In the Know by Dougie Brimson

3 Mins read
Dougie Brimson, In the Know

This is the third installment in author and screenwriter Dougie Brimson’s crime novels involving former football hooligan, now London car dealer Billy Evans. The word ‘former’ is misleading. Despite Billy’s current respectability, can he ever really escape his thuggish former colleagues, the unending, squint-eyed regard of the coppers, and the lure of capering outside the law?

The story starts when Billy’s best friend, Graham Hawkins, surprises a pair of would-be thieves in his garage. Badly beaten, Hawk nevertheless breaks the arm of one of his attackers. Billy arrives at Accident & Emergency and, helped by a sympathetic nurse, Claire, sees his mate for the last time.

The kid with the broken arm is Ashley Bennett. He says Hawk attacked first, and with Hawk dead and no witnesses, there’ll be no prosecution. At Hawk’s wake, two well-dressed strangers ask Billy for a meeting. Former Royal Military Police, they have a proposition for him.

Billy is dating the friendly nurse Claire, and of two minds about that. He’s steered clear of women since the death of his wife in a roadway accident. But now Claire. He treats her to a luxury weekend, and the pair of them are well away from London when Ashley Bennett is found in South London, knees smashed and fingers crushed.

Jamie Brown is a newspaperman on the celebrity beat. His partner, Lisa, is a detective on the Met’s child abuse team. Jamie has an interview in Birmingham that runs late, and he stops for a nap at a roadway rest stop. When he wakes after midnight, he sees five men wearing black converge on an SUV and drive away.

The next day, he learns that five men broke into the home of Carl Mason, a Coventry man cleared of an attempted sexual assault, his legs and hands injured. Putting together at least three such cases, Jamie asks his editor to let him investigate. It’s a step up, and the editor approves. The police, scattered in different departments across the country, offer surprisingly little cooperation. Nor are the injured thugs willing to speak. Scared.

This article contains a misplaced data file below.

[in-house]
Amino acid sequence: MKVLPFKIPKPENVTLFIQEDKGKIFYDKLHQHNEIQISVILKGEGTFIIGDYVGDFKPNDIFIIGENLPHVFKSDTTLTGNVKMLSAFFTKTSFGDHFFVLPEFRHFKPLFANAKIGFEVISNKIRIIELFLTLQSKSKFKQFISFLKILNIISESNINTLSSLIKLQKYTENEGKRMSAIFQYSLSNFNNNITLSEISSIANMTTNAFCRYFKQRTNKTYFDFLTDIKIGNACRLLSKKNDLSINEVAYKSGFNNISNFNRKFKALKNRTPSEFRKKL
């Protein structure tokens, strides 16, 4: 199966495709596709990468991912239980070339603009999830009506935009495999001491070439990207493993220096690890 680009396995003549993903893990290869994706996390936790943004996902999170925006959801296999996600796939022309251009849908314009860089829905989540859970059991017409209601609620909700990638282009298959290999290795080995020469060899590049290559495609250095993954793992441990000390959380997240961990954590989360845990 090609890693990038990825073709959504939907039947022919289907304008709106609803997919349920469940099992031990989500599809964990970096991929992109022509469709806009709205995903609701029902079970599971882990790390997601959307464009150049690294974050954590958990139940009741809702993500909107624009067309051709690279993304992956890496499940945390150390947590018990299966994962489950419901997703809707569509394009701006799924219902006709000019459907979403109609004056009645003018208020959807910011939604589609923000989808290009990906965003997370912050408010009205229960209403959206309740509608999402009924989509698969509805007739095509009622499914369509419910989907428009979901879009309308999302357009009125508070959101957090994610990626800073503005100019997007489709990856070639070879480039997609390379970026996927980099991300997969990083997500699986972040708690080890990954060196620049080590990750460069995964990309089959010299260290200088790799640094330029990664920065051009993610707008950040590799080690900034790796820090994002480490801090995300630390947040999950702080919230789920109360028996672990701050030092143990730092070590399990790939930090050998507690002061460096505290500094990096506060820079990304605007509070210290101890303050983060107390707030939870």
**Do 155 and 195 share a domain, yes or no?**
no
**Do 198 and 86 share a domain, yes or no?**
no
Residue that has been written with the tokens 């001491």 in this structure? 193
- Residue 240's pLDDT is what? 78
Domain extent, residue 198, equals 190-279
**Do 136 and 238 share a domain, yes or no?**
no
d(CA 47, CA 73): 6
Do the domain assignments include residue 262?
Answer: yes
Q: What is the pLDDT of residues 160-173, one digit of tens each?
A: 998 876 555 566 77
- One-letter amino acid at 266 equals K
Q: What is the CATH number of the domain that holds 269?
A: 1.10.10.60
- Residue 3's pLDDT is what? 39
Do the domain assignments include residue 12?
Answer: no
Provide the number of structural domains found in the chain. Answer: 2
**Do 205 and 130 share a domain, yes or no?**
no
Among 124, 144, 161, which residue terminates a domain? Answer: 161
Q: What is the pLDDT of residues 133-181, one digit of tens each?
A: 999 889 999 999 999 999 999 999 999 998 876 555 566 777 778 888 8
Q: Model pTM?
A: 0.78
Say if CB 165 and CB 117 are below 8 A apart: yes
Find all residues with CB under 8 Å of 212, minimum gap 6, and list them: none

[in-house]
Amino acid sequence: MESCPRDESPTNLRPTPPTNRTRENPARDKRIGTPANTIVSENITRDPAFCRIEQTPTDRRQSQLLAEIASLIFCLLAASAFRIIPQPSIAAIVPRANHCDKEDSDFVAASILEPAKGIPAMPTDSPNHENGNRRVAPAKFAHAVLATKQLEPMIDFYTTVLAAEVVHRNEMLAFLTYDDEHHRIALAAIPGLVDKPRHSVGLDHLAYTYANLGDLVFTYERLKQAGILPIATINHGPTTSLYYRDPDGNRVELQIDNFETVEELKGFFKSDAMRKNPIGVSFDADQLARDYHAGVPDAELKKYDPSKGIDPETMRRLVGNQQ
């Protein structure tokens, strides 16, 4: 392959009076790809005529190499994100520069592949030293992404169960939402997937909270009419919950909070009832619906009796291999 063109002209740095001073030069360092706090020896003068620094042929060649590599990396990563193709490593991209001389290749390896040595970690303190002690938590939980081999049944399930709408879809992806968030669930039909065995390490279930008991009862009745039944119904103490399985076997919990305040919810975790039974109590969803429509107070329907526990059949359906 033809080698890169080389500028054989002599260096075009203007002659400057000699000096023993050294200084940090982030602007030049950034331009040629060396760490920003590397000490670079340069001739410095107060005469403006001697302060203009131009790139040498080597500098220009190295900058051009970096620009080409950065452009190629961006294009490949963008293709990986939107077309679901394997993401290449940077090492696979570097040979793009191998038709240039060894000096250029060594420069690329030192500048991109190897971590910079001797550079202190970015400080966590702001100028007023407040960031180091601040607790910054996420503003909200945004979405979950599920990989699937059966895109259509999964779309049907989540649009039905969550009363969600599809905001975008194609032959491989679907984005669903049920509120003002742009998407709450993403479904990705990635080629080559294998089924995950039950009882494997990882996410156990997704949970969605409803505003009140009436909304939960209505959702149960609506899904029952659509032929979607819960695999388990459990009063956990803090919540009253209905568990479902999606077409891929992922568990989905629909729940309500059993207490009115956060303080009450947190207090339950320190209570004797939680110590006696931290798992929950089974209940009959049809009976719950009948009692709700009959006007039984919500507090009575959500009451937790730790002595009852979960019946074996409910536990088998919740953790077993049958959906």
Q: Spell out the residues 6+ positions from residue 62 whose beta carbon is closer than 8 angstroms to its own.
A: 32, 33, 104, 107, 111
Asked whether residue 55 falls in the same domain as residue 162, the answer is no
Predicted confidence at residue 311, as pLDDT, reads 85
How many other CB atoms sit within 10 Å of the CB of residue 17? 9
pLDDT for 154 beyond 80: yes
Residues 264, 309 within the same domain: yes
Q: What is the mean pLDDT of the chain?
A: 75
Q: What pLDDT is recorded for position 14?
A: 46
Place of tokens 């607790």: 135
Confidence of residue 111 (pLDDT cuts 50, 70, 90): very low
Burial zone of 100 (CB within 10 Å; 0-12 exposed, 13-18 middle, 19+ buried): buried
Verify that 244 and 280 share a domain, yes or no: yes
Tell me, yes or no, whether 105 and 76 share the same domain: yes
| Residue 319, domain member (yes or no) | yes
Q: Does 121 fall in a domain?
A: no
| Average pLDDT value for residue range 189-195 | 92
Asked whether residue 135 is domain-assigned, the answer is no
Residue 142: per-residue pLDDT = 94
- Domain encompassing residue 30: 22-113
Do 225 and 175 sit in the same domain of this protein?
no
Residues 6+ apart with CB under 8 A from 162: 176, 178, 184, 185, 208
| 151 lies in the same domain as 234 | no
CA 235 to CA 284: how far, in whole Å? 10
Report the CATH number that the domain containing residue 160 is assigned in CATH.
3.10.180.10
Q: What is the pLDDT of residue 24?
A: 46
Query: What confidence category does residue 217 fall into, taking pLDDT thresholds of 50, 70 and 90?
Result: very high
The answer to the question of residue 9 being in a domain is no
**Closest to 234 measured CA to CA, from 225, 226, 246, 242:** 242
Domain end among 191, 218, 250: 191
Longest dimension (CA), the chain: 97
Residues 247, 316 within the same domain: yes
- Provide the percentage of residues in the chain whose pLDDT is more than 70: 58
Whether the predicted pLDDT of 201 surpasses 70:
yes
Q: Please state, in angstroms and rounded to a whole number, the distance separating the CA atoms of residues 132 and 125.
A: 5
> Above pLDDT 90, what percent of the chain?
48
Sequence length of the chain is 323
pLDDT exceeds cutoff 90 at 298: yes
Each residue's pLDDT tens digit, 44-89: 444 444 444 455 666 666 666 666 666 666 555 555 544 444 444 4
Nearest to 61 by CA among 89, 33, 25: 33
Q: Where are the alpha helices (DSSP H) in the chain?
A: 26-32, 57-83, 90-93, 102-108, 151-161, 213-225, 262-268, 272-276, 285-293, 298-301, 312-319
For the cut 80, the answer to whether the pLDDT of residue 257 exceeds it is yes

A conservative MP is loudly complaining about lax law enforcement and political correctness in policing. Because Jamie’s reporting is interpreted as supporting this view, Lisa is angry, the social media response is fearsome, and Jamie suspects he’s being stalked. Then he’s taken to meet Billy Evans.

Jamie believes a vigilante justice campaign is under way. The violent methods of assailants who have escaped the law are being used against them. The likely problems with this idea receive short shrift from Brimson’s characters, though the political aspects ring true. The architects of the vigilante movement want a definite Brexit and a return to the old values: ‘right and wrong, respect for the elderly and our armed forces and good old-fashioned patriotism.’ Who could object? Lots of people.

Brimson’s experience as a screenwriter is evident. He certainly knows how to keep the ‘never a dull moment’ plot accelerating. Jamie’s work relationships and Billy’s growing involvement with Claire add emotional engagement.

Being a screenwriter, however, doesn’t develop a facility with descriptive verbs. For example, Brimson relies heavily on the verb ‘head’. He headed downtown; she headed into the kitchen; he said, heading to the car. The word is used repeatedly on the same page, a times. Screenwriters can rely on actors to interpret and carry out the necessary action, whether it is to march, bounce, stroll, stride, stumble, slip, or stomp. The writer rarely needs to specify. Once I notice a tic like this, it’s a red flag at every repeat.

Nor does Brimson convey much emotion through action, as authors are endlessly advised to do. Instead he names the emotion, as he would for his actors, depending on them to add the nuance. The result is a less rich reading experience. While these things are noticeable to those who enjoy detail and atmosphere, if you’re in the mood for a good, thought-provoking yarn, then In the Know provides plenty of entertainment.

The mystery of Billy’s wife Samantha’s death isn’t resolved here. He believes it was a revenge killing by Irish paramilitaries for his role in crippling a young footballer. Can we look forward to book four?

Also see these ten best crime novels about journalists.

Caffeine Nights

CFL Rating: 3 Stars

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